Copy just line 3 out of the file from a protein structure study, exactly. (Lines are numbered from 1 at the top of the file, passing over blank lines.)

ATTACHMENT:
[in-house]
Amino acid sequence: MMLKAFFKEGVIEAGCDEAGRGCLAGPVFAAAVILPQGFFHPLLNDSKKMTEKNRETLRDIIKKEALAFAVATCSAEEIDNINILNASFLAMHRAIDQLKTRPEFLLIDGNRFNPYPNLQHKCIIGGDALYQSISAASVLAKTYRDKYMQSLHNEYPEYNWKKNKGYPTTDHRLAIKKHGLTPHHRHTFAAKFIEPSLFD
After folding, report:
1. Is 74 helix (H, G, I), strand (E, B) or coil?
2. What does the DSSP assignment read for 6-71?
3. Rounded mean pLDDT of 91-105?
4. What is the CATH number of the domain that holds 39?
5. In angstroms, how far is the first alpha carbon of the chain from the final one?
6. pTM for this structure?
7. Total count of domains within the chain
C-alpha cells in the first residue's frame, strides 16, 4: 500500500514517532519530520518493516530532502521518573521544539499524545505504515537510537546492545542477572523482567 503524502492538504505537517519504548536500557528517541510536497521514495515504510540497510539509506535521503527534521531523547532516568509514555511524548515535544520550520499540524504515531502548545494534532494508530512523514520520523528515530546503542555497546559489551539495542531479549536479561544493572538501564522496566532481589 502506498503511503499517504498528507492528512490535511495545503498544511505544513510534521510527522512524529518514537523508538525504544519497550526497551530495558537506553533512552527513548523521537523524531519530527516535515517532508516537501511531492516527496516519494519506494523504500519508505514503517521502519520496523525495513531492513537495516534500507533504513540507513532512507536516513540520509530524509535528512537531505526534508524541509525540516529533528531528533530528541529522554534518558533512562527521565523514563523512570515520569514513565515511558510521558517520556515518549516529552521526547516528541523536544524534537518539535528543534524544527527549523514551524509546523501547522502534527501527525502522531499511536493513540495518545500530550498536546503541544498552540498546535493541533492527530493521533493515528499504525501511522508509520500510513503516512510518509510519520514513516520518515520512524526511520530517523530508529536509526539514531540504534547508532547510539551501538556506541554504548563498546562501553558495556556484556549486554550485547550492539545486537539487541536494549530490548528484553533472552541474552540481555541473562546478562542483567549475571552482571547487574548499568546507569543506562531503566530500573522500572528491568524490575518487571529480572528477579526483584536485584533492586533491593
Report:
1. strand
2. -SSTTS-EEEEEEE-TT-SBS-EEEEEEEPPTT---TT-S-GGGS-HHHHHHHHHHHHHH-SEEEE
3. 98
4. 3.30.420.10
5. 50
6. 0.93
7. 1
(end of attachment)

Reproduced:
After folding, report: